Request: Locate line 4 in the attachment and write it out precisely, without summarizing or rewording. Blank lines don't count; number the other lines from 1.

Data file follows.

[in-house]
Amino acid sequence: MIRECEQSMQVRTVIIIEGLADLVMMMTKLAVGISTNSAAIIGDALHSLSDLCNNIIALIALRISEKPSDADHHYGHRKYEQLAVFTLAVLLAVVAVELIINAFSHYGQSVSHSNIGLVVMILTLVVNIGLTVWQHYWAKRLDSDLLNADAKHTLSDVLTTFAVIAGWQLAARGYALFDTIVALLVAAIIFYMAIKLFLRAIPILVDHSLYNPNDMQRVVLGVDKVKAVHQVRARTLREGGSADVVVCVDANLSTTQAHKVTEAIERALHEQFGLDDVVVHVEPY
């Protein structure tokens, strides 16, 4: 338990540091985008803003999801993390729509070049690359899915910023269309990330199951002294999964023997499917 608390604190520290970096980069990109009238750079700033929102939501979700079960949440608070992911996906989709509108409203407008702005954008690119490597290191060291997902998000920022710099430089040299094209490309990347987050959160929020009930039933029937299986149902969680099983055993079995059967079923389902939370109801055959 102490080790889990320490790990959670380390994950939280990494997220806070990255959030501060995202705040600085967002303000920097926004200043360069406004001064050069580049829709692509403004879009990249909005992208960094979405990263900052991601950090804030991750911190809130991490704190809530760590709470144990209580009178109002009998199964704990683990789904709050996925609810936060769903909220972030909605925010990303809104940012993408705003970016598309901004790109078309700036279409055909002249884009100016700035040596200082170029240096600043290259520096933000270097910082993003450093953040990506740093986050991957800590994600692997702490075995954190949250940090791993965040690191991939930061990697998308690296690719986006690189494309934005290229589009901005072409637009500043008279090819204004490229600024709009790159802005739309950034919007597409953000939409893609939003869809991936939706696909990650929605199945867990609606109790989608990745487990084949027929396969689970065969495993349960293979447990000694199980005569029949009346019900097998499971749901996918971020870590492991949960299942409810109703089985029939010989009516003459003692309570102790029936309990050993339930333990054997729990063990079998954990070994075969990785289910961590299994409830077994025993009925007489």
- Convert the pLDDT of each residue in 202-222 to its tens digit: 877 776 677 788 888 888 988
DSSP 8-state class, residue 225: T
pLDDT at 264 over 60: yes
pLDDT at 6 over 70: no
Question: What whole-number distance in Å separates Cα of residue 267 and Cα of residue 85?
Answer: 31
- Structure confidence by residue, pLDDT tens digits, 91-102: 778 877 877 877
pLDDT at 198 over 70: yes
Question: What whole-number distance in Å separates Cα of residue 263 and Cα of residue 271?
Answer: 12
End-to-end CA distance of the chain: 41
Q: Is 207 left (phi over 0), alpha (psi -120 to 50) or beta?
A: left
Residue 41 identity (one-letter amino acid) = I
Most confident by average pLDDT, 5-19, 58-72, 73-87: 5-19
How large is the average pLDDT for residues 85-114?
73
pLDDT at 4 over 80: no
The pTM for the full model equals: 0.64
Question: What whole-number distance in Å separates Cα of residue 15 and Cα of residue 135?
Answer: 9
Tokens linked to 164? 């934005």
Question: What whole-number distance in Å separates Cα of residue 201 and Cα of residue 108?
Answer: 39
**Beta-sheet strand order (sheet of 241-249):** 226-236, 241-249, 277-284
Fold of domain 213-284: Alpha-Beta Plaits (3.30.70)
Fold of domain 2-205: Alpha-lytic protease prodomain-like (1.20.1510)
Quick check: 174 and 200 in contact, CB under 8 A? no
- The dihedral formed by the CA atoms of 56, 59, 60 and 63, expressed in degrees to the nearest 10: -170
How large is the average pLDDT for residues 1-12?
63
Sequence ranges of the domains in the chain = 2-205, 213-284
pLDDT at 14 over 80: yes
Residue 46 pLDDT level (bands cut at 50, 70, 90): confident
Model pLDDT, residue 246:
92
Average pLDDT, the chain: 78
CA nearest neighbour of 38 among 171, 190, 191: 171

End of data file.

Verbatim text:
- Convert the pLDDT of each residue in 202-222 to its tens digit: 877 776 677 788 888 888 988